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What the Tech is the open internet?

What the Tech is The Open Internet?

Illustration by Ollie Catton / The Current

When the internet became available to the public in the early 1990s — some of us can still hear the oddly melodic symphony of dial-up — it was typically described as being open, meaning that it was accessible to all individuals and companies, allowing for free expression and innovation. In fact, the Federal Communications Commission of the U.S., which regulates the internet, characterizes it like this:

“The open internet also makes it possible for anyone, anywhere, to easily launch innovative applications and services, revolutionizing the way people communicate, participate, create, and do business — think of email, blogs, voice, and video conferencing, streaming video, and online shopping.”

The concept of “open” here refers to net neutrality, which means that unlike cable TV, the open internet doesn’t allow a service provider to charge carriage fees.

Is this open internet you’re describing the same open internet that marketers are always referencing?

Yes. The modern open internet still hinges on the concept of openness. Let’s start there. According to Merriam-Webster’s dictionary, the word “open” is defined as: “having no enclosing or confining barrier: accessible on all or nearly all sides.” And it gives an example: “cattle grazing on an open range.”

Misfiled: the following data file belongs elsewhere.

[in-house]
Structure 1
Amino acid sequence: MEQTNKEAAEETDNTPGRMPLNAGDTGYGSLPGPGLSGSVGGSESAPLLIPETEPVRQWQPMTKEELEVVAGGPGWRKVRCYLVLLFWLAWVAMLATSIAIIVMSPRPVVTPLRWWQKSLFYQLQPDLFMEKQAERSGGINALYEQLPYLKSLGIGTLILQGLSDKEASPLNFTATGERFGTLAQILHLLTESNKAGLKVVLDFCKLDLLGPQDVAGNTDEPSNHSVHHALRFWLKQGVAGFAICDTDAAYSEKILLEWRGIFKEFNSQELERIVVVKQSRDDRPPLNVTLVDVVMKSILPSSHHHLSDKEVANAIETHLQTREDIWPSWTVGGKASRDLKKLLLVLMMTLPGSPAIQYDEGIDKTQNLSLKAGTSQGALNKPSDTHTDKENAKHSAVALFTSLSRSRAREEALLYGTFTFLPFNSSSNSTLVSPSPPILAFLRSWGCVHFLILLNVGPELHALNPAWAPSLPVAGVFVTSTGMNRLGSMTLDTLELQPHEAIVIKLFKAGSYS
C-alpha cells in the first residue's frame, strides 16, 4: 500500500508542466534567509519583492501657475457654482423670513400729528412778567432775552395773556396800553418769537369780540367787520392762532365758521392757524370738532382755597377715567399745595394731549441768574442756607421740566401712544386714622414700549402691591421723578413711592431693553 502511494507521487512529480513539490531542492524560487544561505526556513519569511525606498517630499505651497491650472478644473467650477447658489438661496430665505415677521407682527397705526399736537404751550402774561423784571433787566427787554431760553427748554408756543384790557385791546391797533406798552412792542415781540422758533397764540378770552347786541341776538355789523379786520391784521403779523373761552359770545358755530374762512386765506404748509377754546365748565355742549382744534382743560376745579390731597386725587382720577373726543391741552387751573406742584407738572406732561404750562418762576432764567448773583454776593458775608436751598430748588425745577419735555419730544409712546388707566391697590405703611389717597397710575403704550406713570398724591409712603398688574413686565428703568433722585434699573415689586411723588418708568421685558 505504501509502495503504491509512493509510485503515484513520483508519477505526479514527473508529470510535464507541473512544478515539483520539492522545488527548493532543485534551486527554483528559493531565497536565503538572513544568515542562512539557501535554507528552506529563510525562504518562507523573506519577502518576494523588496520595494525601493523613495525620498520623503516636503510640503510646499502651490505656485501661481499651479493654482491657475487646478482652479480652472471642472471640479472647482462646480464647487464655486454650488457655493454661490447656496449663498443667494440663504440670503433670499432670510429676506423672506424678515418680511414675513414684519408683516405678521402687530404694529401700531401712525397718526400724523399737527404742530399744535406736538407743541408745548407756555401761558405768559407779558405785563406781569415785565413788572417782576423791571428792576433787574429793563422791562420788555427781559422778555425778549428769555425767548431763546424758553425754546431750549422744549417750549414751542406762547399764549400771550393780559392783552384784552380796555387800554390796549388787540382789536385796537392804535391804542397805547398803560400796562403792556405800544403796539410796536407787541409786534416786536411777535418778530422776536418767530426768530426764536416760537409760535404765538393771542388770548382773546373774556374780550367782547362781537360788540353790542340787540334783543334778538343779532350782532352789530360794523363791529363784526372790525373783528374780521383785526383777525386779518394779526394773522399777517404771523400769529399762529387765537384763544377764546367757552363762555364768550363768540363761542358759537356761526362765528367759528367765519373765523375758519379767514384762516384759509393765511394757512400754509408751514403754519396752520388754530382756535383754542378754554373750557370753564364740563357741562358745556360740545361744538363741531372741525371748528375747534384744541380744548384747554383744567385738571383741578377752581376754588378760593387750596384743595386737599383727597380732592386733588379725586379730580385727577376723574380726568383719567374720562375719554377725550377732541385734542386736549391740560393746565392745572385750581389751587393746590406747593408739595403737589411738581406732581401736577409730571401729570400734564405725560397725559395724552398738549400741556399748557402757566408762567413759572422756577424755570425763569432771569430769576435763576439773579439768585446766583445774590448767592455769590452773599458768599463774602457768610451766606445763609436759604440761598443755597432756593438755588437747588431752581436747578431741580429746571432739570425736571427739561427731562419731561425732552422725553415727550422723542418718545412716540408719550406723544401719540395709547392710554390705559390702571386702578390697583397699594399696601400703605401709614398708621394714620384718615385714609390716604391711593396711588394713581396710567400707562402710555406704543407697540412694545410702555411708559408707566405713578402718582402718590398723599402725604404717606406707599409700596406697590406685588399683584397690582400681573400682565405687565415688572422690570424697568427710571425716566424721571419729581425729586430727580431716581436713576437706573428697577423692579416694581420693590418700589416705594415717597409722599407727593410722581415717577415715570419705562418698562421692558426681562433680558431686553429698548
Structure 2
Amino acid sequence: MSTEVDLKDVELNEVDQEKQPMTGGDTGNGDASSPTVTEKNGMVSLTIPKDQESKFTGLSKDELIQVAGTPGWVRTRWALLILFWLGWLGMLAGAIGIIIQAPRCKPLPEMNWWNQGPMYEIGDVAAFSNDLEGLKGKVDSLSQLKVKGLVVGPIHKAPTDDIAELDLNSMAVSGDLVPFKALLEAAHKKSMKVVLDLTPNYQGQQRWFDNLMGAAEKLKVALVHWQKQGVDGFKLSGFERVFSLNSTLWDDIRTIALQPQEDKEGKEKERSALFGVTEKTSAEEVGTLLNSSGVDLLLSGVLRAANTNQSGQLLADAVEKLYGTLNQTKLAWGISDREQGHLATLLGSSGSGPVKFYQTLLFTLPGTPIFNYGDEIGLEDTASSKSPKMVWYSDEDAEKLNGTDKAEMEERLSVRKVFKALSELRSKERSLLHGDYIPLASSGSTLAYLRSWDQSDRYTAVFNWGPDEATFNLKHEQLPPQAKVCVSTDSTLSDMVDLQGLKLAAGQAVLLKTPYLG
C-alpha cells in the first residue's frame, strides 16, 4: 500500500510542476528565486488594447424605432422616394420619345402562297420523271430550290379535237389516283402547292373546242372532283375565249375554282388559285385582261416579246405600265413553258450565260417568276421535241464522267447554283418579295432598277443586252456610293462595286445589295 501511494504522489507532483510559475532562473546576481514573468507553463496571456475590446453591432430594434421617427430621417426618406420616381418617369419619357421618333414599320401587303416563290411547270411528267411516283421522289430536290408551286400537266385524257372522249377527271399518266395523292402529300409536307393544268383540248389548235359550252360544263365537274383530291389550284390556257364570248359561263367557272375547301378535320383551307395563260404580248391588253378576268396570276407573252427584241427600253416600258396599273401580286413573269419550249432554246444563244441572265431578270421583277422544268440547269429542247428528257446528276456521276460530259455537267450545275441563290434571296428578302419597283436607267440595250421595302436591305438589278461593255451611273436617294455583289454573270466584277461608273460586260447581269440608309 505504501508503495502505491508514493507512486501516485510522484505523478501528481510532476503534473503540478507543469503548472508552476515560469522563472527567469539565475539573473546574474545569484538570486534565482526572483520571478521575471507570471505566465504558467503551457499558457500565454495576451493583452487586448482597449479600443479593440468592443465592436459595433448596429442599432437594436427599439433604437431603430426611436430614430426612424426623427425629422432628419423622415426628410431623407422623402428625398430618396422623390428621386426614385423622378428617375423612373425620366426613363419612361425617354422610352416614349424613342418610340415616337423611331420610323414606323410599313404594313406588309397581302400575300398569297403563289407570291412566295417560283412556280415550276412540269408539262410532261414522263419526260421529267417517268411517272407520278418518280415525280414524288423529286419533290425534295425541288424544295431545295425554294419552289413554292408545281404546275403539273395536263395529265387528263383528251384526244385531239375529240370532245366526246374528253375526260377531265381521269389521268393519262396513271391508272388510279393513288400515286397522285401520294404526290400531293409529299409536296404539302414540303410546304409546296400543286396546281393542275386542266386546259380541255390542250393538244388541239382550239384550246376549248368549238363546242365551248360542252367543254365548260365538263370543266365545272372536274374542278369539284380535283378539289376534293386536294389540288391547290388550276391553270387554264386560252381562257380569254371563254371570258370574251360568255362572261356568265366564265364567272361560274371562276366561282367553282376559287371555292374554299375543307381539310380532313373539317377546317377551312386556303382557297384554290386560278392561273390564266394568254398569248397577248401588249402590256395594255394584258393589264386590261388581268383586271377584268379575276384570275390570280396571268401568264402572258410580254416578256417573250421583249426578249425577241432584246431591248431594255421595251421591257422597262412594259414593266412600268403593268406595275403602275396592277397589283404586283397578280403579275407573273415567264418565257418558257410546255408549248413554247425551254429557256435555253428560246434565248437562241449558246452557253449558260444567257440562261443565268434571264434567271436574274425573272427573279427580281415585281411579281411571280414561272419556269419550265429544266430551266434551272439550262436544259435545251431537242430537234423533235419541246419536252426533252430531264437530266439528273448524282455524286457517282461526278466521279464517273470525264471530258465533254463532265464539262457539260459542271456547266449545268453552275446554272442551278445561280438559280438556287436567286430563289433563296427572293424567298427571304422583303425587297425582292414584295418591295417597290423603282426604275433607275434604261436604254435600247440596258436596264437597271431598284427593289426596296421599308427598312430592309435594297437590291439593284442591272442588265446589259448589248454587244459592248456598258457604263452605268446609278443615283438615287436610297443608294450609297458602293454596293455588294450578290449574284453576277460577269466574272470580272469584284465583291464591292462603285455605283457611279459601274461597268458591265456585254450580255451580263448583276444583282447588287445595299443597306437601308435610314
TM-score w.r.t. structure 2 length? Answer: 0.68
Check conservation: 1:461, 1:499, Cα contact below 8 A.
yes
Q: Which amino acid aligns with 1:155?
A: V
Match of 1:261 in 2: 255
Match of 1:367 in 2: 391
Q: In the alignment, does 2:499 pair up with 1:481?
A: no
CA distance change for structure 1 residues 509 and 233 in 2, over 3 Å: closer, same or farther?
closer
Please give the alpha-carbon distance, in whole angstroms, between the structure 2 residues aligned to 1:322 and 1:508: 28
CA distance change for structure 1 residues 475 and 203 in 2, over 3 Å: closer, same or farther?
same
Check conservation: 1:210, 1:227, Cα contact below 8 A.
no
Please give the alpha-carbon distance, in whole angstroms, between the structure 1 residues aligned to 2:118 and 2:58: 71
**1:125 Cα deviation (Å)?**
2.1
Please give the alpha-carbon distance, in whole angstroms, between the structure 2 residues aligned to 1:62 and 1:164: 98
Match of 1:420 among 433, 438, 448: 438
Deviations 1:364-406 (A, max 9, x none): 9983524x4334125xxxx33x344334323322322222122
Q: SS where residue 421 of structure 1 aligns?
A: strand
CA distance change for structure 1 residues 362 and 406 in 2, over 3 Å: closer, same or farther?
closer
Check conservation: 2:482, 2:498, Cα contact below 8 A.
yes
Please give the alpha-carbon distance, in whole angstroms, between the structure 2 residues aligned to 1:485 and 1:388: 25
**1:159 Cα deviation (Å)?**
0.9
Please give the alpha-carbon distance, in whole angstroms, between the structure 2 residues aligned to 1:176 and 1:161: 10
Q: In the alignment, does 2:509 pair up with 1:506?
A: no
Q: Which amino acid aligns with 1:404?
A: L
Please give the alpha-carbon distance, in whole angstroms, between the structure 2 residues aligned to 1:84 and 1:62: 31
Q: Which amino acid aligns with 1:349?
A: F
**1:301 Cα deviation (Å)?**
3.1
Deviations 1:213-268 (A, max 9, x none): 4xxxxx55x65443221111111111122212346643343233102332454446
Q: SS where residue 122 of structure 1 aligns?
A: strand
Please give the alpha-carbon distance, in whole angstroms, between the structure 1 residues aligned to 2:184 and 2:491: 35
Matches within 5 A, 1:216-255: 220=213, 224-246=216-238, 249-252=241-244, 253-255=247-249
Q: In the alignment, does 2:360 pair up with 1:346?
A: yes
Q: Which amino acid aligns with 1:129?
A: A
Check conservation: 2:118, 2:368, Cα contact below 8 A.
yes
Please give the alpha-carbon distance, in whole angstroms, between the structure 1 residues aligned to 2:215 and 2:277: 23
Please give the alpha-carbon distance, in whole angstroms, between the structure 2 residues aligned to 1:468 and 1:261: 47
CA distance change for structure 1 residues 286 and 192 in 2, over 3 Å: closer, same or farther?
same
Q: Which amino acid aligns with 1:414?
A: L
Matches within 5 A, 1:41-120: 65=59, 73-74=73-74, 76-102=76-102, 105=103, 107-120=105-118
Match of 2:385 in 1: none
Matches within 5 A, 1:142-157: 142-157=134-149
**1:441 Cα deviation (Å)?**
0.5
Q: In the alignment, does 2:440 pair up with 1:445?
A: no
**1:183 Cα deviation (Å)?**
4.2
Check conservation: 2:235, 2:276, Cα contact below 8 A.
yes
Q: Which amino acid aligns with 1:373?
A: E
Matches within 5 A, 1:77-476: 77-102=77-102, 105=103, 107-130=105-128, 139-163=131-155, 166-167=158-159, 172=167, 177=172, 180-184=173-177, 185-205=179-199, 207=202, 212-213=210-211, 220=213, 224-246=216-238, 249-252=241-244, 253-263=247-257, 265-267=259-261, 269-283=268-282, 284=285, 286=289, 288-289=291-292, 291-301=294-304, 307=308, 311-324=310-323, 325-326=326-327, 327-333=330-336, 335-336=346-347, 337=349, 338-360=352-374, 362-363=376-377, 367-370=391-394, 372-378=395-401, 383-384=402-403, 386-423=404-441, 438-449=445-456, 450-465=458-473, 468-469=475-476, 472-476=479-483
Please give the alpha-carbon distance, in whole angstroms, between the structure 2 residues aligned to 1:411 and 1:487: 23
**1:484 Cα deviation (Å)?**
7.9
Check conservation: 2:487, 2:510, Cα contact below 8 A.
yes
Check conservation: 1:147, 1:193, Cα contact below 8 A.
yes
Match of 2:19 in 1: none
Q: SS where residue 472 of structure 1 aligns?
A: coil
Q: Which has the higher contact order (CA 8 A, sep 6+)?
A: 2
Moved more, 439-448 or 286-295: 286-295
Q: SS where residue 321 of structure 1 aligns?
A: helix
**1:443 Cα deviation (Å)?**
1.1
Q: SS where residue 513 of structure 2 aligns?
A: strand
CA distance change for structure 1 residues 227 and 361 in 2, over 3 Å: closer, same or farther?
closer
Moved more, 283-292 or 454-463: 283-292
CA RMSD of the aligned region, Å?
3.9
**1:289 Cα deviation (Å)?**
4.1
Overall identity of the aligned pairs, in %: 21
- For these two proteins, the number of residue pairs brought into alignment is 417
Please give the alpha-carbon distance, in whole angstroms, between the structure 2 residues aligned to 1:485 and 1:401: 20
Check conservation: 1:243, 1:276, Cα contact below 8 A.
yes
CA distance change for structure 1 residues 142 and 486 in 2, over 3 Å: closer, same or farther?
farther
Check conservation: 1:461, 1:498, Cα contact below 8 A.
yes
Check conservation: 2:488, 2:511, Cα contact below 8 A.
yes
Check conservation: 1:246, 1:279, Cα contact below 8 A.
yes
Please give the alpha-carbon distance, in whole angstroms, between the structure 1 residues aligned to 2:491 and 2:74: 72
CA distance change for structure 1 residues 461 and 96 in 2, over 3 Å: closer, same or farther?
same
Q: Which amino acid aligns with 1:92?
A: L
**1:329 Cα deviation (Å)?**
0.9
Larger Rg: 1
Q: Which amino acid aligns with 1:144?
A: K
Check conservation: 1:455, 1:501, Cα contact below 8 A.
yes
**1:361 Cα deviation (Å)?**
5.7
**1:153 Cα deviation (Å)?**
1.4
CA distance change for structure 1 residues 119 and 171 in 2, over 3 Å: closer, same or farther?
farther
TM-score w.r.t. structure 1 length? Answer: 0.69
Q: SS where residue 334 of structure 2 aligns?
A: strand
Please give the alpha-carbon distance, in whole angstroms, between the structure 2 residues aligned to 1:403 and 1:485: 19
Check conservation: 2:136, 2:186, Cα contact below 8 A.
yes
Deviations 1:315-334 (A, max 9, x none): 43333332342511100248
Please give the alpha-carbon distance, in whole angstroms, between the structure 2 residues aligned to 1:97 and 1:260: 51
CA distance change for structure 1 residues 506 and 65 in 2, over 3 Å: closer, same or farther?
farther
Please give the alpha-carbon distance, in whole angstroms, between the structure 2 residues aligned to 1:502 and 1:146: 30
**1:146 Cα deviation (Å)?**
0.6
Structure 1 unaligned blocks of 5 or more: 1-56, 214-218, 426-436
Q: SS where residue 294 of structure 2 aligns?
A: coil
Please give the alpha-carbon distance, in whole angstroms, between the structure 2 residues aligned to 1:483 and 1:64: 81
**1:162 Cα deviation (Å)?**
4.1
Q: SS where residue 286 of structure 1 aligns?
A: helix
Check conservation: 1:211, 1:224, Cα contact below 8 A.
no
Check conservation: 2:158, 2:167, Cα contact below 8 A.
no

Let’s run with that idea. Imagine cattle grazing on an open range. The cattle are owned by many different farmers — but are still able to roam freely. This represents the open internet, where digital advertising can reach a wide range of audiences across various websites and platforms, without being limited to a closed area. Those open spaces can involve everything from streaming video and news sites to music apps and online shopping.

OK. I’m with you but what do cattle have to do with advertising?

Stay with me. On our metaphorical ranch, the cattle represent the ads, and the range represents the open internet. Just as the cows are free to move around and graze on different parts of the range, ads on the open internet can be displayed on a variety of websites and platforms, reaching diverse audiences, allowing marketers to exercise control over their ad campaigns.

But then, what if some of the bigger ranches start corralling cattle inside a small, controlled area, making it more difficult for those cows to move around and find the best grazing spots? These corrals can be compared to walled gardens — a closed ecosystem where ads are limited to a specific platform or publisher. Walled gardens, such as social media platforms, search engines, and app stores, typically restrict the reach and targeting capabilities of ads and may limit the control that marketers have over their campaigns. In short, marketers are limited to the environments offered within those walls.

So, how can the open internet give marketers control over their campaigns?